And in December the same year he was appointed chief constable of West Yorkshire where he remains.
Trevor Hicks, whose teenage daughters Sarah and Victoria were among the 96 lives lost, said Mr Bettison should “take a look at his own position”.
Speaking after details of the independent panel’s report were revealed, Mr Hicks said Sir Norman should go.
“If he has anything about him, he will look at his position,” Mr Hicks said.
“If he is anything of a man he will stand down and scurry up a drainpipe somewhere.”
He also said it “beggared belief” Mr Bettison was handed the reins as Merseyside chief constable.
Mr Hicks, a member of the Hillsborough Family Support Group, said it would now press for criminal action against those involved in the disaster.
In a statement today, Mr Bettison denied his role in an internal inquiry team from South Yorkshire police was to create black propaganda and transfer blame for the tragedy on to the fans.
Instead, he said, the review team was charged with "piecing together what had taken place".
He said fans’ behaviour at the Hillsborough disaster made the job of the police harder than it needed to be – this view is not supported by the findings of the Hillsborough Independent Panel.
He made clear he had not been part of a unit which was responsible for doctoring police statements.
"In 1989, I was a chief inspector in a non-operational role at headquarters. Four days after the disaster (and after all the vile newspaper coverage had been written) I was one of several officers pulled together by the then deputy chief constable, Peter Hays, to support him in piecing together what had taken place at the event.
"By that time, the chief constable, Peter Wright, had handed over the formal investigation of the tragedy to an independent police force, West Midlands police.
"It was West Midlands police that presented evidence before the Taylor inquiry.
"The South Yorkshire deputy chief constable's team, under the leadership of Chief Superintendent Wain, was a parallel activity to inform chief officers of facts rather than rely on the speculation rampant at that time.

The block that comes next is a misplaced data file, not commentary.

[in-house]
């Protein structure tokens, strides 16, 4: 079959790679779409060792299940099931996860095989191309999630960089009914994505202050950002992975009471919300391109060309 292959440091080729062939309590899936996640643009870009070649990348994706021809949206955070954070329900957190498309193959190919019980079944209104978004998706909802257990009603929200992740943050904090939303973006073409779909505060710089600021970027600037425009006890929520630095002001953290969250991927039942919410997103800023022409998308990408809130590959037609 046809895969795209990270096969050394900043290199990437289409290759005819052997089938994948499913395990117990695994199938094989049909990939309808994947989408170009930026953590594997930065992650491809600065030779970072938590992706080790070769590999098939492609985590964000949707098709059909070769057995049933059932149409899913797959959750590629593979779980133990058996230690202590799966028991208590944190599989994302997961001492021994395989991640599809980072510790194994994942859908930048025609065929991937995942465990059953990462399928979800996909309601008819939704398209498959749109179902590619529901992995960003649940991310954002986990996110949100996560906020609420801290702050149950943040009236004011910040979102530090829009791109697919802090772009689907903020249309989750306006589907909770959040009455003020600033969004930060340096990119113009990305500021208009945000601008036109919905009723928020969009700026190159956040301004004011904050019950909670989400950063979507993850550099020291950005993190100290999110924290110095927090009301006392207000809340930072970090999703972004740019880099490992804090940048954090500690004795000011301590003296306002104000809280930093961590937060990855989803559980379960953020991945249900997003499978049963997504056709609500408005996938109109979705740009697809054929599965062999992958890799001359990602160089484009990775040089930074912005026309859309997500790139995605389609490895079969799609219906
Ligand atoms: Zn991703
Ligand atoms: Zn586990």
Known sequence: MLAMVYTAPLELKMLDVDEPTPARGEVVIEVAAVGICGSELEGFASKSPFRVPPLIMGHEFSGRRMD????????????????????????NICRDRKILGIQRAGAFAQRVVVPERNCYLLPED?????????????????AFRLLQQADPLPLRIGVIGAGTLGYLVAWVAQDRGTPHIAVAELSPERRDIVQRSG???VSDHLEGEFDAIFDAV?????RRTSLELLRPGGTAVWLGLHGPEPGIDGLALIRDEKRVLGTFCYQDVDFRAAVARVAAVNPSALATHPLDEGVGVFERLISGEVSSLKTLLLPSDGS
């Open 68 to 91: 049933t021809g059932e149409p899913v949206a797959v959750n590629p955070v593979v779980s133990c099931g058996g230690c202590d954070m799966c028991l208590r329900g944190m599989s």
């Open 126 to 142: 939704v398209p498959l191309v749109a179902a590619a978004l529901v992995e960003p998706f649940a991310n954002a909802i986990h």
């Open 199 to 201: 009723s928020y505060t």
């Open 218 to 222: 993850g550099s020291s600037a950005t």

"Another team was later created to work with the solicitors who were representing South Yorkshire police at the Taylor inquiry, to vet statements from South Yorkshire police officers that were intended to be presented to the inquiry … I never altered a statement nor asked for one to be altered.
"Two South Yorkshire police teams have been conflated in the minds of some commentators."
Mr Bettison said he sat through every day of the Taylor inquiry, published in August 1989, and briefed the South Yorkshire chief constable and deputy on the proceedings.
"These briefings acknowledged and accepted the responsibility of the force in the disaster. The evidence was overwhelming," he said.
"Shortly after the conclusion of the Taylor inquiry, I was posted to other duties.
"I had nothing further to do with the subsequent coroner's inquests and proceedings, other than occasional advice because of my knowledge of the evidence presented to the Taylor inquiry."
South Yorkshire chief constable David Crompton said yesterday he was profoundly sorry for the way the force had failed at Hillsborough: "I am doubly sorry for the injustice that followed and I apologise to the families of the 96 and Liverpool fans.
"South Yorkshire Police is a very different place in 2012 from what it was 23 years ago and we will be fully open and transparent in helping to find answers to the questions posed by the panel today."